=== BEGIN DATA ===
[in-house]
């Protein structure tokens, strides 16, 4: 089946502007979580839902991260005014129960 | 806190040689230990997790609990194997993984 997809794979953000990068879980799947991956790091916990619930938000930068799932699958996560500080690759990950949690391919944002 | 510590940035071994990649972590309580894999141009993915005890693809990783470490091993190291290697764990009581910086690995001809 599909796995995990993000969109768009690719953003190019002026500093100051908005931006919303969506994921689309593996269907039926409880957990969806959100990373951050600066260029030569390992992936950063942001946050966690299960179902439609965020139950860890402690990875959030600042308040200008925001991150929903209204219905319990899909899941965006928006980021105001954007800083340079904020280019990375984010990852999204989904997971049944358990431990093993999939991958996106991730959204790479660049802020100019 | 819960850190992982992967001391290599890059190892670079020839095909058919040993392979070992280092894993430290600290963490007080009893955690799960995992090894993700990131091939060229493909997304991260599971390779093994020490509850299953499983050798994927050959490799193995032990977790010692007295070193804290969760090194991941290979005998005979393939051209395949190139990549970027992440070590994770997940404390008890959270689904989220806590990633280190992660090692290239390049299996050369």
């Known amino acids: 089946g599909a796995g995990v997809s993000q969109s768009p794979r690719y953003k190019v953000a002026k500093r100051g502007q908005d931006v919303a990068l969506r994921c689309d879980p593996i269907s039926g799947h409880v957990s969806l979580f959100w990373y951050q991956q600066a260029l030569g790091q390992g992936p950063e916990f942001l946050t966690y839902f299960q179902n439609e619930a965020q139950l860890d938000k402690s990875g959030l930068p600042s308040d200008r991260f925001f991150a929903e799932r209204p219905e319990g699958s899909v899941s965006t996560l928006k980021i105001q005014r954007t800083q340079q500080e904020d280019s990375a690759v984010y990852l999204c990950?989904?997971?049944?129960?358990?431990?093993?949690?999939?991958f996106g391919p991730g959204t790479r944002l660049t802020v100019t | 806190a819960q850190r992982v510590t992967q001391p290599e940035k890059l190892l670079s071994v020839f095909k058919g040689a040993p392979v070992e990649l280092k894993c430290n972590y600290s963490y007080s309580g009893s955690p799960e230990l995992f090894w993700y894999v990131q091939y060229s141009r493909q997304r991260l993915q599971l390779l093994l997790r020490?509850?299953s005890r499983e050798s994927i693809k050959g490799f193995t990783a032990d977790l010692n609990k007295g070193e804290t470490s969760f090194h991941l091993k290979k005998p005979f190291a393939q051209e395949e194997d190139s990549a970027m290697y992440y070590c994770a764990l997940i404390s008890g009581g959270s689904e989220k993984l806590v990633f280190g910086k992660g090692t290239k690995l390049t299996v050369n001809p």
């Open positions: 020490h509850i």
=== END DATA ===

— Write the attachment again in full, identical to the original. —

[in-house]
């Protein structure tokens, strides 16, 4: 089946502007979580839902991260005014129960 | 806190040689230990997790609990194997993984 997809794979953000990068879980799947991956790091916990619930938000930068799932699958996560500080690759990950949690391919944002 | 510590940035071994990649972590309580894999141009993915005890693809990783470490091993190291290697764990009581910086690995001809 599909796995995990993000969109768009690719953003190019002026500093100051908005931006919303969506994921689309593996269907039926409880957990969806959100990373951050600066260029030569390992992936950063942001946050966690299960179902439609965020139950860890402690990875959030600042308040200008925001991150929903209204219905319990899909899941965006928006980021105001954007800083340079904020280019990375984010990852999204989904997971049944358990431990093993999939991958996106991730959204790479660049802020100019 | 819960850190992982992967001391290599890059190892670079020839095909058919040993392979070992280092894993430290600290963490007080009893955690799960995992090894993700990131091939060229493909997304991260599971390779093994020490509850299953499983050798994927050959490799193995032990977790010692007295070193804290969760090194991941290979005998005979393939051209395949190139990549970027992440070590994770997940404390008890959270689904989220806590990633280190992660090692290239390049299996050369």
């Known amino acids: 089946g599909a796995g995990v997809s993000q969109s768009p794979r690719y953003k190019v953000a002026k500093r100051g502007q908005d931006v919303a990068l969506r994921c689309d879980p593996i269907s039926g799947h409880v957990s969806l979580f959100w990373y951050q991956q600066a260029l030569g790091q390992g992936p950063e916990f942001l946050t966690y839902f299960q179902n439609e619930a965020q139950l860890d938000k402690s990875g959030l930068p600042s308040d200008r991260f925001f991150a929903e799932r209204p219905e319990g699958s899909v899941s965006t996560l928006k980021i105001q005014r954007t800083q340079q500080e904020d280019s990375a690759v984010y990852l999204c990950?989904?997971?049944?129960?358990?431990?093993?949690?999939?991958f996106g391919p991730g959204t790479r944002l660049t802020v100019t | 806190a819960q850190r992982v510590t992967q001391p290599e940035k890059l190892l670079s071994v020839f095909k058919g040689a040993p392979v070992e990649l280092k894993c430290n972590y600290s963490y007080s309580g009893s955690p799960e230990l995992f090894w993700y894999v990131q091939y060229s141009r493909q997304r991260l993915q599971l390779l093994l997790r020490?509850?299953s005890r499983e050798s994927i693809k050959g490799f193995t990783a032990d977790l010692n609990k007295g070193e804290t470490s969760f090194h991941l091993k290979k005998p005979f190291a393939q051209e395949e194997d190139s990549a970027m290697y992440y070590c994770a764990l997940i404390s008890g009581g959270s689904e989220k993984l806590v990633f280190g910086k992660g090692t290239k690995l390049t299996v050369n001809p």
């Open positions: 020490h509850i």